Tuesday, April 21, 2009

40 Years Later: The 1969 NY Mets

This season we will celebrate and chronicle the players of the 1969 NY Mets.

Ed Charles was born Edward Thurston Charles on April 29, 1933 -was born in Daytona Beach, Florida. Charles is 5'10", and his playing weight was 170 lbs. He batted and threw right handed. Charles, who was well respected by his teammates, was affectionately known as 'The Glider' and 'The Poet Laureate Of Baseball."

Charles was originally drafted by the Boston Braves in 1952. Charles didn't advance to the pro club due to Hall of Famer Eddie Matthews occypying 3B. While in the Braves Minor League system, Charles was introduced to racism in the deep south. The poetry Charles would later pen would reflect the frustration and racism he encountered in the deep south.

In 1962 The Glider was traded to the Kansas City Athletics Again, he didn't get much notice, and was traded by the A's to the Mets for Larry Elliot on May 10, 1967.

After the 1967 season, in November, the Mets waived Ed Charles. He tried out, and made the Mets in 1968.

In 1968, Charles led the Mets with 15 HR's for a poor Mets team that only scored a total of 478 runs. He knocked in 53 runs, and hit a respectable .276 AVG. His 15 HR's led the Mets.

In 1969, the Mets 'Magical Season', Charles split his 3b duties with rookie Wayne Garrett. As is common today, but not in 1969, Charles played against lefties while Garrett played against righties.

In the 1969 World Series against the Baltimore Orioles, Charles scored the winning run in game 2 on a single by Al Weis. Of the five games played in 1969, Charles participated in four.

The Mets won the World Championship in five games, sweeping four after losing game 1. After the series Charles announced his retirement, deciding to retire on a high note.

Charles will never be considered for the Hall Of Fame, but the leadership he provided to a young Mets team in 1969 is invaluable. Charles always handled himself with class, and, along with 1B Donn Clendenon, taught the Mets how to win.

Althought his career was interrupted by racism, Eddie Matthews, and military service (1/2 of 1953 and 1954 seasons), that didn't prevent Charles from being a memeber of the 1962 Topps All Star Rookie Team, and a leader of the World Champion New York Mets.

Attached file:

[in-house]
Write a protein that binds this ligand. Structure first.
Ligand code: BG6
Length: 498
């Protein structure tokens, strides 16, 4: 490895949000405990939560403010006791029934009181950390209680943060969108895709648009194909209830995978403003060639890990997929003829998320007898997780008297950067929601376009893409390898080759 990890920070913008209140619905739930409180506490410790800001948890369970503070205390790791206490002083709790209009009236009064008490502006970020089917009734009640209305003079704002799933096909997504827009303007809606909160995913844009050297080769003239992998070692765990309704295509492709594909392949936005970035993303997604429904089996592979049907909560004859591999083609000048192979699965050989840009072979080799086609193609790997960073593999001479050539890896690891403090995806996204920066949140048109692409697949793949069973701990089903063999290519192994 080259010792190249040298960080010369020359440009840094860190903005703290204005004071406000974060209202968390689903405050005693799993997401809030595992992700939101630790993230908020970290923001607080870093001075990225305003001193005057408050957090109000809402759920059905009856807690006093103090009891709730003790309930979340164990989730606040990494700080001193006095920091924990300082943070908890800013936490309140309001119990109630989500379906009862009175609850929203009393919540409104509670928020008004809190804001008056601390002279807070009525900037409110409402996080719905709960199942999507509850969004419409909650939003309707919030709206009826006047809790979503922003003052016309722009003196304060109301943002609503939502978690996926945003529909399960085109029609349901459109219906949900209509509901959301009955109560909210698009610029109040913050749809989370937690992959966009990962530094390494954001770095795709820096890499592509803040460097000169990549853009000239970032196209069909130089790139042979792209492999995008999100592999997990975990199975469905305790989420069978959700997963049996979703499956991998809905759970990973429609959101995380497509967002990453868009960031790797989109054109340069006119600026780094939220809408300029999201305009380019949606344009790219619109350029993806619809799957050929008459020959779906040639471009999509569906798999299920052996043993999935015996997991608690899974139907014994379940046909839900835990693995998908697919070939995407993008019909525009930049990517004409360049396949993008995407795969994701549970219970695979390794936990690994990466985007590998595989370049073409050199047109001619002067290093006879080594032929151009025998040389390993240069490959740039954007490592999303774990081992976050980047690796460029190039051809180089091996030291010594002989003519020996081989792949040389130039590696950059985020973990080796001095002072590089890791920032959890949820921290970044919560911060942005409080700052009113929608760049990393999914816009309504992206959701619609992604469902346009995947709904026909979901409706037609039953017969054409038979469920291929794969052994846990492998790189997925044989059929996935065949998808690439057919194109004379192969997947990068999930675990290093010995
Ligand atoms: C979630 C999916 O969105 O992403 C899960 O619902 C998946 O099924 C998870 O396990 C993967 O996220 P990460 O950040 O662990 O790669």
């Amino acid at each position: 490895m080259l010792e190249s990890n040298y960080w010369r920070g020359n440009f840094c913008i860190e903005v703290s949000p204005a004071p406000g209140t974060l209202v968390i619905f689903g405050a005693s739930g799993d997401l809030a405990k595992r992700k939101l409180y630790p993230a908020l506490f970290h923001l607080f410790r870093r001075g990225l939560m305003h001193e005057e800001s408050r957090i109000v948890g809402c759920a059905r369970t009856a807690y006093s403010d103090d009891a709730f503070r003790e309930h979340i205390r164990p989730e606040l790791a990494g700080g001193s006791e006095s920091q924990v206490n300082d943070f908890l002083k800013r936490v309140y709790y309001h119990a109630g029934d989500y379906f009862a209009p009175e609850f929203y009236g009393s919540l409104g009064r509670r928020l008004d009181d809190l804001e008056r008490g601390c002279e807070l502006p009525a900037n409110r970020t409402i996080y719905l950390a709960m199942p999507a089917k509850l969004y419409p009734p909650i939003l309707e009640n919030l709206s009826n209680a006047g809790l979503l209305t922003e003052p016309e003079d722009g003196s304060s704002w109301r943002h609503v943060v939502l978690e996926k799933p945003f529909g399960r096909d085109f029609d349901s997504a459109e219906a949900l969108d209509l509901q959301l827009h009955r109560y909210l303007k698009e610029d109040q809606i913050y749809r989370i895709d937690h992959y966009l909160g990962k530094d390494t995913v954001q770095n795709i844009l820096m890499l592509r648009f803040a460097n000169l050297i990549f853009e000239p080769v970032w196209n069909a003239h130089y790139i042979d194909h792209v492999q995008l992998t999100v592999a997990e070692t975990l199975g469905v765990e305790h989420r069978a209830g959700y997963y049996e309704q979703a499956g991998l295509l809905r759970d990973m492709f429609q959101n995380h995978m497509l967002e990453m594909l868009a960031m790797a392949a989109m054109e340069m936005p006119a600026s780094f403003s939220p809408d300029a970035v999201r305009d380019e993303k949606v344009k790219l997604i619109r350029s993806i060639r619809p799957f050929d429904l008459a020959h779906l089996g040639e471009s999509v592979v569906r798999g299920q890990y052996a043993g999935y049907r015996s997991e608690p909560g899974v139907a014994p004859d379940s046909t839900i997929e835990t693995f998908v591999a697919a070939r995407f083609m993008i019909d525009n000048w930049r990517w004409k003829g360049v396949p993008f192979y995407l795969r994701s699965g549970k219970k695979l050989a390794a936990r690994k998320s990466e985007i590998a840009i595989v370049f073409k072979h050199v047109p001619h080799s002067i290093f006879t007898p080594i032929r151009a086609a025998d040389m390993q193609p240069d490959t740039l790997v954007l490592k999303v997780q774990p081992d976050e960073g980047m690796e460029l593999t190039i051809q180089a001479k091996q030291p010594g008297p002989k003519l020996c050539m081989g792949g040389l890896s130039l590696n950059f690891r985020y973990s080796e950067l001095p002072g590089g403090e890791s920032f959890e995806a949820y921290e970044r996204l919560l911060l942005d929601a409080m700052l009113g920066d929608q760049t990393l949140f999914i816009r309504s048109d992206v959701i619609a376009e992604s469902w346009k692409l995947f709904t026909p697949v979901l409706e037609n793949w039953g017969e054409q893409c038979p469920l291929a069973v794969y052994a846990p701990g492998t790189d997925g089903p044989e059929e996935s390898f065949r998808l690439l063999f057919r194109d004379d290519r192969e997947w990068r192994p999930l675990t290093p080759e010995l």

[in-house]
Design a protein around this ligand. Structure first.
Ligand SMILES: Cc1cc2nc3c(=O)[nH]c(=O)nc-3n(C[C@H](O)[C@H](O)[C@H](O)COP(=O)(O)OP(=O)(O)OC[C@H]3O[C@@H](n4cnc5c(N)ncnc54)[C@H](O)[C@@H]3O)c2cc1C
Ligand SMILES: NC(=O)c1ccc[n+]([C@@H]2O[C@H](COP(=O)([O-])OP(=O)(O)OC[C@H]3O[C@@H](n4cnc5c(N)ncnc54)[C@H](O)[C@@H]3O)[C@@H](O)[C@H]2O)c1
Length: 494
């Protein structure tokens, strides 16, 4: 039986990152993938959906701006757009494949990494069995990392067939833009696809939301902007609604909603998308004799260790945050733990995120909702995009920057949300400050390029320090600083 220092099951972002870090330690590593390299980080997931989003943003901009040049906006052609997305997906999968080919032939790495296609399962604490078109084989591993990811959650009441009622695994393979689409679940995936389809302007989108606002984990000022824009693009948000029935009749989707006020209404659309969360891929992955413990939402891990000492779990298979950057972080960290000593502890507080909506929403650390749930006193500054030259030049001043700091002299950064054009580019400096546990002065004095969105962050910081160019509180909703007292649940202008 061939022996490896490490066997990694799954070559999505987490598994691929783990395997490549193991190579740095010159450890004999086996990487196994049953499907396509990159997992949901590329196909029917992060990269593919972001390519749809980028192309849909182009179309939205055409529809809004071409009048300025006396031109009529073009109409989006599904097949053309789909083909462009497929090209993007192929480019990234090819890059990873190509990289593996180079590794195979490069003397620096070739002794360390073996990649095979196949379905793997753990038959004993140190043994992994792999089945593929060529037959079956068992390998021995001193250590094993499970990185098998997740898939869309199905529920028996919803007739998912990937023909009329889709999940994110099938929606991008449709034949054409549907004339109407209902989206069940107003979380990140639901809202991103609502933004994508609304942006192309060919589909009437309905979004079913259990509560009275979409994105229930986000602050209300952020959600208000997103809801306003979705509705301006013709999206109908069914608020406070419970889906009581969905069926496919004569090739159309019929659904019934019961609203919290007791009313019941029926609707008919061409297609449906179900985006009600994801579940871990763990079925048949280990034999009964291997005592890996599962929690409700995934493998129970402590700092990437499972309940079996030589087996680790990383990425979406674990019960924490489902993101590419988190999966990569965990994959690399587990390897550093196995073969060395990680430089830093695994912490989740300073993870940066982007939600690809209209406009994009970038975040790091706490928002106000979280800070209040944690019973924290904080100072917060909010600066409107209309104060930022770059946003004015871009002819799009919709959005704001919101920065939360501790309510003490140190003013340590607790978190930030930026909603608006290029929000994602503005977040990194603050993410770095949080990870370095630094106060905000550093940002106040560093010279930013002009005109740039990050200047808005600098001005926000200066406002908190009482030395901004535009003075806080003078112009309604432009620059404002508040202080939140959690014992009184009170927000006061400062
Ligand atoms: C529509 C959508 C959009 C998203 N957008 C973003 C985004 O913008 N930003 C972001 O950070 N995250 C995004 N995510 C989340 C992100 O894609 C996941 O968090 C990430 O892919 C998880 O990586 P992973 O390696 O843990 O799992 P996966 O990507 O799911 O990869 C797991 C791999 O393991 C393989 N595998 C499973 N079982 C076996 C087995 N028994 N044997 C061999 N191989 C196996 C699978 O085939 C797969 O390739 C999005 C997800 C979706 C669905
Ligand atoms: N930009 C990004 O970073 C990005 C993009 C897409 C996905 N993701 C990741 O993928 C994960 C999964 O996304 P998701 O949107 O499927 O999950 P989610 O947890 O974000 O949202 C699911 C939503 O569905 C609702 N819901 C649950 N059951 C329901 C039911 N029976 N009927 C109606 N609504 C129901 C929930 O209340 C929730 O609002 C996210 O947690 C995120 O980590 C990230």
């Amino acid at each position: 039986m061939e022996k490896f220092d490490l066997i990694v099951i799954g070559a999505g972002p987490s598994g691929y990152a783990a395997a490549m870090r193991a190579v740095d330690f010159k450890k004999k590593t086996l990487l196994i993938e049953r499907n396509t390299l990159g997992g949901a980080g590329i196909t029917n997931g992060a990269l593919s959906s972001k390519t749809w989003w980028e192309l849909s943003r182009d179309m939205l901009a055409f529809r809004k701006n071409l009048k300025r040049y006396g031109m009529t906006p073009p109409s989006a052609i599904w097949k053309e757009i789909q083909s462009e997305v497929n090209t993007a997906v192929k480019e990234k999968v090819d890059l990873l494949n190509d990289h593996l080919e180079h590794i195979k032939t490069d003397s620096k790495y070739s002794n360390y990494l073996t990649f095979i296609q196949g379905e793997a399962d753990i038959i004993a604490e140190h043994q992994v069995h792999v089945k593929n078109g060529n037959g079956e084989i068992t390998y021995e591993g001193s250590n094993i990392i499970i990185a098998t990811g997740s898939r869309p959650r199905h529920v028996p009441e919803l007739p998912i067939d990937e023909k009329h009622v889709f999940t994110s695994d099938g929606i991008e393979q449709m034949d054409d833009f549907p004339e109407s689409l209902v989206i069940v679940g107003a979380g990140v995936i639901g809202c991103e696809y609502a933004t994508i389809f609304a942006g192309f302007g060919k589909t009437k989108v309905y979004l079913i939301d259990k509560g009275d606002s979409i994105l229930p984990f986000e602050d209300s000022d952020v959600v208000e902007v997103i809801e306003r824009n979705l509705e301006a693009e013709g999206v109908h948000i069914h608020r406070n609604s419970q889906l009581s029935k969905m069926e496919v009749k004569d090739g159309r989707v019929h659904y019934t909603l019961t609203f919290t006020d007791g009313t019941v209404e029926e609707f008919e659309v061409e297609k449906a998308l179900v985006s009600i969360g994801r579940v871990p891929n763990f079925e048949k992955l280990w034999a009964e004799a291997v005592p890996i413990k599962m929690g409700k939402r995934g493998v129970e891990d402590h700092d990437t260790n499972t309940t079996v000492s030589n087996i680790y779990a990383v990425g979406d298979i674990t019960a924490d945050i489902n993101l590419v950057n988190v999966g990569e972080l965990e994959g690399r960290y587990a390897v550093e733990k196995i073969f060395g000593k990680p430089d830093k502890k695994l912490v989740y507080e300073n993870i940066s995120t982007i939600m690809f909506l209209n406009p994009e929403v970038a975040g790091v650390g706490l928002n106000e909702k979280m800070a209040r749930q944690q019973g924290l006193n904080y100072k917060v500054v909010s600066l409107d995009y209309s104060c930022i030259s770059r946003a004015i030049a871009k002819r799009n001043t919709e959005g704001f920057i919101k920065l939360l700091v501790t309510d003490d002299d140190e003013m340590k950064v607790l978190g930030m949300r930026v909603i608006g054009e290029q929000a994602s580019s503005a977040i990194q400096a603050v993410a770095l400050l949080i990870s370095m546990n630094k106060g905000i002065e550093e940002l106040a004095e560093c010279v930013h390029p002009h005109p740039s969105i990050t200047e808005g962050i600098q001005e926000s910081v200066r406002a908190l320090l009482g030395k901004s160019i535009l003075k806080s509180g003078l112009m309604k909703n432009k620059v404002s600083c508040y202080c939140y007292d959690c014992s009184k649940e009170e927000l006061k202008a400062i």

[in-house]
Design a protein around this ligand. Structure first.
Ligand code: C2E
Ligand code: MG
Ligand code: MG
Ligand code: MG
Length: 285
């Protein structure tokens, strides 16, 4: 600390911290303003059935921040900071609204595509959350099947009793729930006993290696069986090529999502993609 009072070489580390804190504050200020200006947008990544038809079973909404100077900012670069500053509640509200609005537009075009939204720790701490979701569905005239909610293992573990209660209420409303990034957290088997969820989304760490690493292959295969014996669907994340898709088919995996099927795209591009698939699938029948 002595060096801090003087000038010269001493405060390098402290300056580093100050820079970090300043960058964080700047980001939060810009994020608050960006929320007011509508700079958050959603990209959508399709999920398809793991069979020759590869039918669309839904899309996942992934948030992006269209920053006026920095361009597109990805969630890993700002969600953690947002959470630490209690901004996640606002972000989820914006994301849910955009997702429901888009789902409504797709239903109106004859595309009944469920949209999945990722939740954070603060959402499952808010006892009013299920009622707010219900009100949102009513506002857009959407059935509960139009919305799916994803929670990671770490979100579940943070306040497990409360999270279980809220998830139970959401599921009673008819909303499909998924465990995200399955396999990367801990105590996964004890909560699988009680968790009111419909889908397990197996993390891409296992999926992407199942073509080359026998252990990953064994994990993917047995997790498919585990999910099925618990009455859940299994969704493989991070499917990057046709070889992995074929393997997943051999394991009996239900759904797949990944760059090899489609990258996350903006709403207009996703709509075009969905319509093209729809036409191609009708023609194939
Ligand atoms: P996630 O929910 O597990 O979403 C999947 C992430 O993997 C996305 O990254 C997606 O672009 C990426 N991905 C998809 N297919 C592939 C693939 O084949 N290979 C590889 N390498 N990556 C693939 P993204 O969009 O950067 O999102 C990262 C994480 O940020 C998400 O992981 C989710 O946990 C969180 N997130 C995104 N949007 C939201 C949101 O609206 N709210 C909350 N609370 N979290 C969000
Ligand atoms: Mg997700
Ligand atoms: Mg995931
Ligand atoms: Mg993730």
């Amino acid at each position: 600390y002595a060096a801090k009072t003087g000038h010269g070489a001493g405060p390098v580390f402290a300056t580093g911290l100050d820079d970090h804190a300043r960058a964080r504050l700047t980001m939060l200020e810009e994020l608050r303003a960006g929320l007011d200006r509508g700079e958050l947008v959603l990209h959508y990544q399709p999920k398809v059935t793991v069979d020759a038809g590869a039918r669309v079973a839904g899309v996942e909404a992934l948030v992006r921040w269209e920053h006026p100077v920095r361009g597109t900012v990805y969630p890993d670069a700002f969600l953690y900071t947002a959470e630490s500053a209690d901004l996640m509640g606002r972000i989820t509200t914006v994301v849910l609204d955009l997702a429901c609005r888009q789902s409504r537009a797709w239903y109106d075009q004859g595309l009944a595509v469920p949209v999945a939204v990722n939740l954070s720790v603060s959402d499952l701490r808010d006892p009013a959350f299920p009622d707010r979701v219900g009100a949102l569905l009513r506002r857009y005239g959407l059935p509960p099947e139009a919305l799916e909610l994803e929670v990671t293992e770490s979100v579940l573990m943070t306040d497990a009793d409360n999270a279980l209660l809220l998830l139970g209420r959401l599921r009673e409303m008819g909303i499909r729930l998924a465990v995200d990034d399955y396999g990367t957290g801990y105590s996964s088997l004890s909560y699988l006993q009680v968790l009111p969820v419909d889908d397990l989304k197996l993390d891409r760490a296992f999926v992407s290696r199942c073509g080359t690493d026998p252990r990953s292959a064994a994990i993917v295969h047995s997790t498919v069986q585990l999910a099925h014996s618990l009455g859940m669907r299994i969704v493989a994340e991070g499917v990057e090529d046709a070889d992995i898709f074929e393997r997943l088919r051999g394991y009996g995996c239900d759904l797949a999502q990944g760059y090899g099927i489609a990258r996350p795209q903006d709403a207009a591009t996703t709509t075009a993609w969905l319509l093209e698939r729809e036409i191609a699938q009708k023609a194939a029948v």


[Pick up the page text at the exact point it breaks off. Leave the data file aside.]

We here at 24 Hours From Suicide...A Day In The Life Of A Met Fan salute the Glider for his hardwork, loyalty, and tutalidge to help a young team learn and accomplish baseball's Holy Grail.

Sources: Scout.com, Ultimeate Mets Database, Baseball Library


Long Island Met Fan said...

never saw him play but remember him always being mentioned when it comes to the 69 team... Great post!

Free Sports Betting said...

The Glider was an amazing asset to the Mets. It worked out perfectly with all the trades for him to actually land with the '69 team.

Leaving on a high note is what some athletes should do these days.

Maddy said...

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barbedwiirefences@hotmail.com said...

I had the distinct pleasure of working and seeing the ball player Ed Charles play and devote time to under privilage children.He is a man of strong character and high standards.Ed was a good mentor and postive co worker I really enjoyed our conversations when we talked baseball.It saddens me that most of the juveniles did'nt gravitate to his story of growing up in poverty and becoming a professional ball player.barbedwirefences@hotmail.com

Kwame Coston said...

I was a precociously knowledgeable 10 year-old Met fan when Ed Charles and his teammates won the 1969 World Series. As I've grown older I have a deeper appreciation of the Character of Ed Charles' work with "at-risk" children. This is Class!